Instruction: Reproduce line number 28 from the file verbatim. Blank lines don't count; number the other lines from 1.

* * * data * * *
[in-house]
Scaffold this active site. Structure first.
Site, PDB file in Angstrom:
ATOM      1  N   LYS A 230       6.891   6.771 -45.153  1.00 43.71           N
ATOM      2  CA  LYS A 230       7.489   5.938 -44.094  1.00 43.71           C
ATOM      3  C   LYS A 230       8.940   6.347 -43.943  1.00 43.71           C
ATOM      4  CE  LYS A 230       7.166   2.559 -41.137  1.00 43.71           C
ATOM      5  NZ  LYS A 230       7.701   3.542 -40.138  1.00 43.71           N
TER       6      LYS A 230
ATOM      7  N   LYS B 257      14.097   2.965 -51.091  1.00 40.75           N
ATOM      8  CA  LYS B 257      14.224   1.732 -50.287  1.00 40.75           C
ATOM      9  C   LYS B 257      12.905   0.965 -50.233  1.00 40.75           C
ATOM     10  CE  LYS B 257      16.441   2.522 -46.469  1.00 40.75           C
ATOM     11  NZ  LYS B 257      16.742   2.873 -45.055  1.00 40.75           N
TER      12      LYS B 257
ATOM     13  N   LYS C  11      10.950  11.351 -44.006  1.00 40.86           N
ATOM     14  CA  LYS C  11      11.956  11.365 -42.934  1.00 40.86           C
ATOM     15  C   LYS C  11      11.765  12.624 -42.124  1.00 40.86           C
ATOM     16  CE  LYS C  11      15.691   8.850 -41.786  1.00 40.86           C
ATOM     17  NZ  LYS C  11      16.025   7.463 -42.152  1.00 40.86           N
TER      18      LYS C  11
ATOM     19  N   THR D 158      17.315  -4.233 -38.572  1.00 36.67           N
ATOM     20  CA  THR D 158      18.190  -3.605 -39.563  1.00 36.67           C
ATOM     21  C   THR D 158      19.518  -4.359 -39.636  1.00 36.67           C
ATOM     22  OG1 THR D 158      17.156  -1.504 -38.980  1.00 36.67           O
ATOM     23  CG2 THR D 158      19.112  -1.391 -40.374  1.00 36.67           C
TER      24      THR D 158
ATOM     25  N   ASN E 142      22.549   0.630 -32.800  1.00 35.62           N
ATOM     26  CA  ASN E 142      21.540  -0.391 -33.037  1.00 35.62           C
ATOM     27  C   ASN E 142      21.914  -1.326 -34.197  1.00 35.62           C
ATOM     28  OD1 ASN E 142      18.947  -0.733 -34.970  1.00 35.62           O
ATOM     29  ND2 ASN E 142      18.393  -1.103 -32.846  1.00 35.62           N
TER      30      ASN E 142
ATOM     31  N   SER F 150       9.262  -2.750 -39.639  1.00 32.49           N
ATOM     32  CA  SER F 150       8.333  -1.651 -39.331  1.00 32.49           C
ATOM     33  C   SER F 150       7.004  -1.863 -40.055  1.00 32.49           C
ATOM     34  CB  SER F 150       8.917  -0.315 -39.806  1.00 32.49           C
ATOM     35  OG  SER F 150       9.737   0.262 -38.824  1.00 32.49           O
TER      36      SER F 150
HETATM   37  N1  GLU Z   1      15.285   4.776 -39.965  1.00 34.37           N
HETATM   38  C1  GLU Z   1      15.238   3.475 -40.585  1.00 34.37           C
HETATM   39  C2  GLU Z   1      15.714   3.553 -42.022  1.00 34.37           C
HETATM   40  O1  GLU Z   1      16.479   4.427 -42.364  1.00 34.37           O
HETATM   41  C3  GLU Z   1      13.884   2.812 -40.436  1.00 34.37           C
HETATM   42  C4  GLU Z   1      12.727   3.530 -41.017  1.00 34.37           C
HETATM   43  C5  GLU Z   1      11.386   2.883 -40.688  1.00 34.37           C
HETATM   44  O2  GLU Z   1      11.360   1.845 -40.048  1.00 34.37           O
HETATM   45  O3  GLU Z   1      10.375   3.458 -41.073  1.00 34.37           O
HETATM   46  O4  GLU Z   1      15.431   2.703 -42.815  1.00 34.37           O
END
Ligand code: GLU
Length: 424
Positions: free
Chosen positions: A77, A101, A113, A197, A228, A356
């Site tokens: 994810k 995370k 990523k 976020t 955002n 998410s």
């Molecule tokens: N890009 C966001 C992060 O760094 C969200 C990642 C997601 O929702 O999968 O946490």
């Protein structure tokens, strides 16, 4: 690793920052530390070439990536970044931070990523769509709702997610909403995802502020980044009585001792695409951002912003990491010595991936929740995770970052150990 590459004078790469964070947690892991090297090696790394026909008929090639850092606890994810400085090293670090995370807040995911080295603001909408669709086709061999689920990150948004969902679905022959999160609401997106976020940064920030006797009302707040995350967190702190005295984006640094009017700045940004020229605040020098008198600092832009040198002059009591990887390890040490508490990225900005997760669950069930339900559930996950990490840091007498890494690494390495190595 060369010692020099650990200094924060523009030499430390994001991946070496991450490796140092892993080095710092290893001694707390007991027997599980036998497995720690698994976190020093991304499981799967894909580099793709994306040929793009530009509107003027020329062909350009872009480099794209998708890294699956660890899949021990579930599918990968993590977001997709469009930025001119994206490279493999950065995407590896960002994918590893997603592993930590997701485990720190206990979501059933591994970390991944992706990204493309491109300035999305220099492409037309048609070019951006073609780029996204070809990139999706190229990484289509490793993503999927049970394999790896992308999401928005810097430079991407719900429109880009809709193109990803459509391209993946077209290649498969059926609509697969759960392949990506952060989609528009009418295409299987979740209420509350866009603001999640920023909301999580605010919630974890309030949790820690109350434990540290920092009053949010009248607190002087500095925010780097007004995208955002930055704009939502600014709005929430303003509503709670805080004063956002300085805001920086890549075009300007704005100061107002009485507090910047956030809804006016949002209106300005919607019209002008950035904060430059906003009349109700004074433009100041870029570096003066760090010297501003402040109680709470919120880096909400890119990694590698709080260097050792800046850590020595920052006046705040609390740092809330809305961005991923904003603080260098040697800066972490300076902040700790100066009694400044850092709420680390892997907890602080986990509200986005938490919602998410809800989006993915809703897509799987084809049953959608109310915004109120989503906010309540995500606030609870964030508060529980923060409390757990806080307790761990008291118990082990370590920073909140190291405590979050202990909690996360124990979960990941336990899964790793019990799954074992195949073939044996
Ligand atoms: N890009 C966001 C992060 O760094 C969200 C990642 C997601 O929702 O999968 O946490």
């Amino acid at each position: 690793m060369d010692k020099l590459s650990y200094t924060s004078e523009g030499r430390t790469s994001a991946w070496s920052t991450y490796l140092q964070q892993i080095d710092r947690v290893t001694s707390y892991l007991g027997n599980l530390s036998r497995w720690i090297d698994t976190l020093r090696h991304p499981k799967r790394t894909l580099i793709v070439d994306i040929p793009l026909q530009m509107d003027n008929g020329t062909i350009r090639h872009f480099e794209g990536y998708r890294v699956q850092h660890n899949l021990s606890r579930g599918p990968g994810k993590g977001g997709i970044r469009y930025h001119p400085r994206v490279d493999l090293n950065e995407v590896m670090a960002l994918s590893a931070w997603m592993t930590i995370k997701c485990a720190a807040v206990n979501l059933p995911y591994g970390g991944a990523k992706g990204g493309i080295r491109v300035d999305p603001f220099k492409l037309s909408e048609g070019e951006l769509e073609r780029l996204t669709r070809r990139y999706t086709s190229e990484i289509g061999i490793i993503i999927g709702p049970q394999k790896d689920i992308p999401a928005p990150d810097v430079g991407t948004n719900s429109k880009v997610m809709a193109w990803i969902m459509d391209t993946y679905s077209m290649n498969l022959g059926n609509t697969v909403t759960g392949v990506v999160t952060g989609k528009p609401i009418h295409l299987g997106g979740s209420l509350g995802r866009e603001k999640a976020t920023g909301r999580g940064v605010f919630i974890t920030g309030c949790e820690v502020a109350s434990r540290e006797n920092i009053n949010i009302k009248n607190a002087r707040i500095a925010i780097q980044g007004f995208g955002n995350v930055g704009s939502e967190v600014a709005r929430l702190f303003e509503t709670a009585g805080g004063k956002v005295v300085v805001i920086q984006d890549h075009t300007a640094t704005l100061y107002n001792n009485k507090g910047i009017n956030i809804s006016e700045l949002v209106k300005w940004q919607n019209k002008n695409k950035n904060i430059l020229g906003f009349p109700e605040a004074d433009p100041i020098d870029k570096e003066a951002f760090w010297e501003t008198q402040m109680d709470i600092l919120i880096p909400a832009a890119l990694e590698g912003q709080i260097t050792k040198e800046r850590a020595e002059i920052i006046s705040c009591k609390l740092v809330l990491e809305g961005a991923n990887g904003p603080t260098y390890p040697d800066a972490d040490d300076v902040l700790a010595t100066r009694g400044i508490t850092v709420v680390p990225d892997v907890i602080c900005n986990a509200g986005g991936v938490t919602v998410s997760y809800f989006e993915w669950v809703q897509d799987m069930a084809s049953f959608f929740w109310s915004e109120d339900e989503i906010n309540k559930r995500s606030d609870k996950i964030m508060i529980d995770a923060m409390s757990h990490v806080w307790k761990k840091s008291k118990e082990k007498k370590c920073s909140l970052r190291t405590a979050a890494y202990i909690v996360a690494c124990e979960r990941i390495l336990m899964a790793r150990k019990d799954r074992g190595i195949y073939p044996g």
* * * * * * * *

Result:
ATOM     25  N   ASN E 142      22.549   0.630 -32.800  1.00 35.62           N